Experiencing Provence in the regional imagery of Peter Mayle and Pierre Magnan

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dc.contributor.author Briwa, Robert Merrill en_US
dc.date.accessioned 2015-07-10T19:03:20Z
dc.date.available 2015-07-10T19:03:20Z
dc.date.issued 2015-08-01 en_US
dc.identifier.uri http://hdl.handle.net/2097/19776
dc.description.abstract Place-defining novelists convey regional imagery and regional sense of place to a wide audience, thus shaping popular perceptions of regions. Peter Mayle and Pierre Magnan are the most recent place-defining novelists of Provence, France. This research compares each author’s regional imagery and sense of place to understand what it means for each author to be in Provence. Place-name mapping geographically frames each authors’ regional imagery and sense of place. Qualitative coding and close readings of selected texts for each author identify sets of regional imagery, including nature and culture imagery, which help develop a sense of place for Provence. The subjectivities of qualitative coding analysis is addressed through personal narratives which acknowledges the researcher’s positionality vis-à-vis Provence. Mayle’s nature imagery emphasizes remote, rough topography and bright sunny skies, which presents the natural landscape as benevolent and therapeutic. Magnan’s nature imagery emphasizes rough topography, rivers, winds, and storms, which presents the natural landscape as powerful, indifferent or malevolent towards human affairs, and imbued with a sense of deep time and an enigmatic quality. Mayle’s culture imagery emphasizes healthy, traditional agrarian lifeways; vibrant village life and social connectedness; a positive and prominent tourist industry; and a food culture which permeates Provençal identity. Magnan’s culture imagery emphasizes the harsh realities of agrarian lifestyles; insular and mistrusting villages; hard and frugal villagers; historical continuity; and references to ruined or abandoned landscapes and cultural loss. Mayle’s sense of place defines Provence as a region defined as idyllic, most strongly developed by his culture imagery which emphasizes idealized agrarian lifeways and Provence’s food culture. This idyll is deepened with the positive associations with Provence’s tourist industry. Magnan’s sense of place defines Provence as a region defined by a melancholic sublime. His powerful, enigmatic nature imagery is the strongest shaping force behind developing Provence’s sublime qualities. Provence’s melancholic quality is linked to Magnan’s nature imagery’s enigmatic characteristics, which invite contemplation, and his culture imagery associated with ruins and cultural loss, which offers further invitation to contemplation and conveys a sense of grief. en_US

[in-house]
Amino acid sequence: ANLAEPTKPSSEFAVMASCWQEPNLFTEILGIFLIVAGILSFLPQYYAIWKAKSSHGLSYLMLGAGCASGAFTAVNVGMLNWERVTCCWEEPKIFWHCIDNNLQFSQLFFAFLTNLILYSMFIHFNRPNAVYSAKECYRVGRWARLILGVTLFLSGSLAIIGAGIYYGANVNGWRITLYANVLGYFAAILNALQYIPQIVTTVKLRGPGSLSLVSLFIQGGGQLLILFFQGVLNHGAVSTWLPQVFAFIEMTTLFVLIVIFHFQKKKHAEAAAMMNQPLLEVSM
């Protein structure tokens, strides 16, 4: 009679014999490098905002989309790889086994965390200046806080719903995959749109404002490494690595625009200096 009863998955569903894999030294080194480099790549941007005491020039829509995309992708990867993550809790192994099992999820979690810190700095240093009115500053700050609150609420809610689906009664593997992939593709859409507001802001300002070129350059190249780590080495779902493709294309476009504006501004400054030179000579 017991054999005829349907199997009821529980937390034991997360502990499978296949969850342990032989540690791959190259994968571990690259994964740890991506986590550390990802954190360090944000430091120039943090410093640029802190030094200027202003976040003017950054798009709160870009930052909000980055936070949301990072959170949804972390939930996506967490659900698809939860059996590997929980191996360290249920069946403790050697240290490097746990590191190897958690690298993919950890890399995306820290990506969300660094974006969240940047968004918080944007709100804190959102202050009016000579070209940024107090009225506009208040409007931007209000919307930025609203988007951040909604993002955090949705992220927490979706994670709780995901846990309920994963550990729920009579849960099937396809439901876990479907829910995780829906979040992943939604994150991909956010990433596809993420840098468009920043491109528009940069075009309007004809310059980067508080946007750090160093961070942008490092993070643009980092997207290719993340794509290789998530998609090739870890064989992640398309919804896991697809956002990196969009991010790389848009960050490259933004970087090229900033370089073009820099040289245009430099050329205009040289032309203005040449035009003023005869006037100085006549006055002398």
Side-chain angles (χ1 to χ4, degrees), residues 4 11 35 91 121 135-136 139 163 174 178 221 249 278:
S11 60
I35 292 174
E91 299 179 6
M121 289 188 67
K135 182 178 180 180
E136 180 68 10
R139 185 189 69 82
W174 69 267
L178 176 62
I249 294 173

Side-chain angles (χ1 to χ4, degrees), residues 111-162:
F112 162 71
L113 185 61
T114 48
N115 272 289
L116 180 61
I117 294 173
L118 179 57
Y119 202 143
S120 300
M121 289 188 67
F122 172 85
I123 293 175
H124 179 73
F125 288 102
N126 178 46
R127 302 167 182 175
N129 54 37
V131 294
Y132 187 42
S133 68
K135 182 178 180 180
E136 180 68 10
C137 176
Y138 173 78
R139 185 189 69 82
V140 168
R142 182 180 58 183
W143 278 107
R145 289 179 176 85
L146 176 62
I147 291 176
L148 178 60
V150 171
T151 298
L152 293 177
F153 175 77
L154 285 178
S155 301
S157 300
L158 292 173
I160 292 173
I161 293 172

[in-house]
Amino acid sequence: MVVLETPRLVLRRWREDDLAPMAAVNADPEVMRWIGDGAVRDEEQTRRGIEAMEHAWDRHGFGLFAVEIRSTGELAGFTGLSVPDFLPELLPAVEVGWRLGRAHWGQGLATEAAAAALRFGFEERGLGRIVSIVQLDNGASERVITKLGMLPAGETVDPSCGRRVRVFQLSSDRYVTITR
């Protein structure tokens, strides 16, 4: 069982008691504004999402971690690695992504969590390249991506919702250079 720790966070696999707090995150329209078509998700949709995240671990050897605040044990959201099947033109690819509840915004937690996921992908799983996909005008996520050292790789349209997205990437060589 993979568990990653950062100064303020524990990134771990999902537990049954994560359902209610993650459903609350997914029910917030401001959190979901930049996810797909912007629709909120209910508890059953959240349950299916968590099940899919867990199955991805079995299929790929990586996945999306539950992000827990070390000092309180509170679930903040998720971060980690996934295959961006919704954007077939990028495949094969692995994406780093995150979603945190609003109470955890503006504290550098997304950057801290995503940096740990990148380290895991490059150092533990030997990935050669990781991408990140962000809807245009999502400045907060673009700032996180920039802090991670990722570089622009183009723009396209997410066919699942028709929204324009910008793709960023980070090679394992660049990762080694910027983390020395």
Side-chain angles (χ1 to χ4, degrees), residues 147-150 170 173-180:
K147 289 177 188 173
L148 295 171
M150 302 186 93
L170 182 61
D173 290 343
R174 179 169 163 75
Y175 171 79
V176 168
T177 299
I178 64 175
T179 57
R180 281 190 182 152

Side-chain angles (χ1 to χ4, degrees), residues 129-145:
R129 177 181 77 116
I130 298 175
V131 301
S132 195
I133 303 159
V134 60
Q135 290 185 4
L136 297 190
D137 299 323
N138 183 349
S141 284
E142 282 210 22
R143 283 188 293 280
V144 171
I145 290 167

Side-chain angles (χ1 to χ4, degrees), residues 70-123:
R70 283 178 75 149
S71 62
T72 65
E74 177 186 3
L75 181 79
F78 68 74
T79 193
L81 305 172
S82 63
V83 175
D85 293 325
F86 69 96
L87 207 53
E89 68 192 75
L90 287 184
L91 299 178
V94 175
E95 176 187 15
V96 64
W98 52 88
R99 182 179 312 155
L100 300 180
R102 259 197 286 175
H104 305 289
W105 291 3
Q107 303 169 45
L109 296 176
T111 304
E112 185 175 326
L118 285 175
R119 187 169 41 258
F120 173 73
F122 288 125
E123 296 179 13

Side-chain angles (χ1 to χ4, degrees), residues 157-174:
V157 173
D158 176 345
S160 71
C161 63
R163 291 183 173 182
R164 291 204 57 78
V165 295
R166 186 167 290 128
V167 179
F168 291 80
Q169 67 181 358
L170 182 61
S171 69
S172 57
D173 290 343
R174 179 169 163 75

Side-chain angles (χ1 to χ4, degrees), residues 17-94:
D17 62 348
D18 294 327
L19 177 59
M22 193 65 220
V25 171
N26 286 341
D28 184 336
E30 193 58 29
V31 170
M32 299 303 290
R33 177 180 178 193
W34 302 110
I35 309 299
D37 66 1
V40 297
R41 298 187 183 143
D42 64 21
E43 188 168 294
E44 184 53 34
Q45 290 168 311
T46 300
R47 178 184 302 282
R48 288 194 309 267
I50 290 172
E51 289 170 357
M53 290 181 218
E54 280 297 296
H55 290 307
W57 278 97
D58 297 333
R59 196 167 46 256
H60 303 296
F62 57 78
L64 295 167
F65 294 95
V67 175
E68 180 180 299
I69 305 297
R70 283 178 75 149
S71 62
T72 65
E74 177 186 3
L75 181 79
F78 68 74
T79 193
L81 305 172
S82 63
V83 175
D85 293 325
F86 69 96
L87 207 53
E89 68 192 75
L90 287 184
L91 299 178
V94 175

dc.language.iso en_US en_US
dc.publisher Kansas State University en
dc.subject Literary geography en_US
dc.subject Sense of place en_US
dc.subject Regional imagery en_US
dc.subject Provence (France) en_US
dc.title Experiencing Provence in the regional imagery of Peter Mayle and Pierre Magnan en_US
dc.type Thesis en_US
dc.description.degree Master of Arts en_US
dc.description.level Masters en_US
dc.description.department Department of Geography en_US
dc.description.advisor Kevin Blake en_US
dc.subject.umi Geography (0366) en_US
dc.date.published 2015 en_US
dc.date.graduationmonth August en_US

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